South Ormsby Estate, west of Alford

A private site with access courtesy of the South Ormsby Estate.

Afternoon session.  Also National Meadows Day.

12.00 for 13.00 start. Should be finished by 4.15pm. Use back entrance to the Estate at TF366759 which is off the Bluestone Heath Road (west of crossroads in village) then follow track and park/meet in Ormsby Hall courtyard at TF367755. Nearest postcode: LN11 8QS

NB. . Nearest public toilets in Alford town centre.

Habitats: Chalk stream, marsh, broadleaved woodland, parkland, grassland.

Leaders: Roger Parsons 07867 847679 old.museum@yahoo.co.uk  and

Brian Hedley 07989 665794 brian_hedley@hotmail.com

NB. The evening moth/bat session for this site visit has now been cancelled.

    Summary of Meeting

LNU field meeting to the Brook Walk Plantation area of the South Ormsby Estate by kind permission of Jon and Jan Thornes. Attended by 15 people (which was good considering the extremely hot weather and a certain World Cup match on). Led by Brian Hedley and Roger Parsons of the LNU and Joe Blissett of the South Ormsby Estate.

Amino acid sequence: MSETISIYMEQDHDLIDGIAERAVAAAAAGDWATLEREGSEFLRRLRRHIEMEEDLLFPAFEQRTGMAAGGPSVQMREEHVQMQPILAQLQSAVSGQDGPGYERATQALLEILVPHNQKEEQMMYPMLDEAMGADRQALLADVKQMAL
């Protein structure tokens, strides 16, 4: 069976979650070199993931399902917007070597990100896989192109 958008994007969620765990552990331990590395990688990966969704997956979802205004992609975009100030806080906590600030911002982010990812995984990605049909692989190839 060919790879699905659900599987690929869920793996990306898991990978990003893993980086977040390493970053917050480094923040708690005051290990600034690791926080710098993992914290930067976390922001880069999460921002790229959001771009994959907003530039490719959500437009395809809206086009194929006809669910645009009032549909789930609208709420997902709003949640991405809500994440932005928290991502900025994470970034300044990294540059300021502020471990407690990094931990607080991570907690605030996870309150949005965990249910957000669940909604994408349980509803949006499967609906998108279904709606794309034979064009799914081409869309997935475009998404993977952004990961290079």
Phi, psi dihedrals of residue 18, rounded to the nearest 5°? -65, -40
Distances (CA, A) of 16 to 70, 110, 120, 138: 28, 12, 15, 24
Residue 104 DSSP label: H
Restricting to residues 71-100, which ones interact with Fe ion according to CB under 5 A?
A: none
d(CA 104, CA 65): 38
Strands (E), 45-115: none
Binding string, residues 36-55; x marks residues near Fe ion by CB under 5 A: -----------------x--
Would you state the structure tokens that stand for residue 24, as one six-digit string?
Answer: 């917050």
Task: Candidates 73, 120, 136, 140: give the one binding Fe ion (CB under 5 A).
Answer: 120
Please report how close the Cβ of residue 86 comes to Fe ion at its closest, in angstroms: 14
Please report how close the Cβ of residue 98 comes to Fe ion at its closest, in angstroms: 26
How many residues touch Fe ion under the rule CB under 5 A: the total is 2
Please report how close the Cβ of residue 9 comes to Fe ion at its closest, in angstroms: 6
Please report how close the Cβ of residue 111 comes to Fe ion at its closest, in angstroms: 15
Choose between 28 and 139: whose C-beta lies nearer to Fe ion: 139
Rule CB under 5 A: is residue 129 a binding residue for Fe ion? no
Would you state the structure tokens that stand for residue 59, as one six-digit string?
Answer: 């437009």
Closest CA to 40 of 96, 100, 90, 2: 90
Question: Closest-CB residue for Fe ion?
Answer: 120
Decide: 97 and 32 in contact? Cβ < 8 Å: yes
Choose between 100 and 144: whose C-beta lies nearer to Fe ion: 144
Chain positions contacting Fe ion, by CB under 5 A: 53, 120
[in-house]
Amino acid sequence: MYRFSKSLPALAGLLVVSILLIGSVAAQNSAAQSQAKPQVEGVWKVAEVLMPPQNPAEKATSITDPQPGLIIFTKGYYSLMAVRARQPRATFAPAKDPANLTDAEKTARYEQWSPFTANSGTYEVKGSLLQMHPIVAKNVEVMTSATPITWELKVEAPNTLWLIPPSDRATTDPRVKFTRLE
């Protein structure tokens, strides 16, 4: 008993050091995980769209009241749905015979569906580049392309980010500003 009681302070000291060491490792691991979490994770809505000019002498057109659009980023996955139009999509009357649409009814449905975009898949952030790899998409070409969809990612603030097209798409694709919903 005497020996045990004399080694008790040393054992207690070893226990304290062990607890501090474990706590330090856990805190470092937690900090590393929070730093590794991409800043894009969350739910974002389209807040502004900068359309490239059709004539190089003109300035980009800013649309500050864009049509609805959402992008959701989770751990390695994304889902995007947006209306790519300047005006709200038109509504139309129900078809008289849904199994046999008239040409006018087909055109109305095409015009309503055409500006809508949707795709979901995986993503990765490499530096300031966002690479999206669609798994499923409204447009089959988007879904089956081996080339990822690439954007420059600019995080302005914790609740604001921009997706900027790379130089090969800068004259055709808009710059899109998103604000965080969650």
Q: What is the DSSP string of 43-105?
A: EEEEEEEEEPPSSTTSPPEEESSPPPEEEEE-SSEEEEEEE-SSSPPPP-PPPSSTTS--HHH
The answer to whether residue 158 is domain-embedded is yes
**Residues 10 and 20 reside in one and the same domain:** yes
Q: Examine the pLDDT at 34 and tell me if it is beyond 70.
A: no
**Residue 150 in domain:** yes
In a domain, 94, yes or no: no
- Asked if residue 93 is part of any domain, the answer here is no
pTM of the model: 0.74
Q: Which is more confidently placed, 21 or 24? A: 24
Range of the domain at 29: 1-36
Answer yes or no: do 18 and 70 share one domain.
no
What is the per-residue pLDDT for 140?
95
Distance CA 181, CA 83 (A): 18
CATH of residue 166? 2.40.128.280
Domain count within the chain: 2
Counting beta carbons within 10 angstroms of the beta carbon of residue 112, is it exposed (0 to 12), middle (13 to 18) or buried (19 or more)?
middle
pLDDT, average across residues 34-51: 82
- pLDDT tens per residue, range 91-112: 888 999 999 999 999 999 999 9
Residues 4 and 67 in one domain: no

A good selection of woodland, pasture and marsh plants were noted (awaiting final lists but likely to be 140-150 species) including Sanicle, Wild Garlic, Hairy Brome, Giant Fescue, Bog Stitchwort, Enchanter’s Nightshade, Short-fruited Willowherb (picked out by the eagle-eyed James Stainton), Pignut and Wood Speedwell. Ornamentals were frequent near to the Hall. Several specimens were again collected for the LoveLincsPlants herbarium project.
Mosses and liverworts were frequent in the damp habitats with over 40 species noted by Steven Heathcote.

Thirty bird species were recorded including Spotted Flycatcher, Common Buzzard, Treecreeper, Goldcrest and Tawny Owl. Mammals included signs of Otter along the brook.
Butterflies were abundant in the pasture (11 species) and included Large Skipper, Comma, Gatekeeper and Ringlet. A first instar Elephant Hawk-moth caterpillar was found on a patch of Great Willowherb by Rachel Scopes. Brown Hawker and Broad-bodied Chasers were also noted.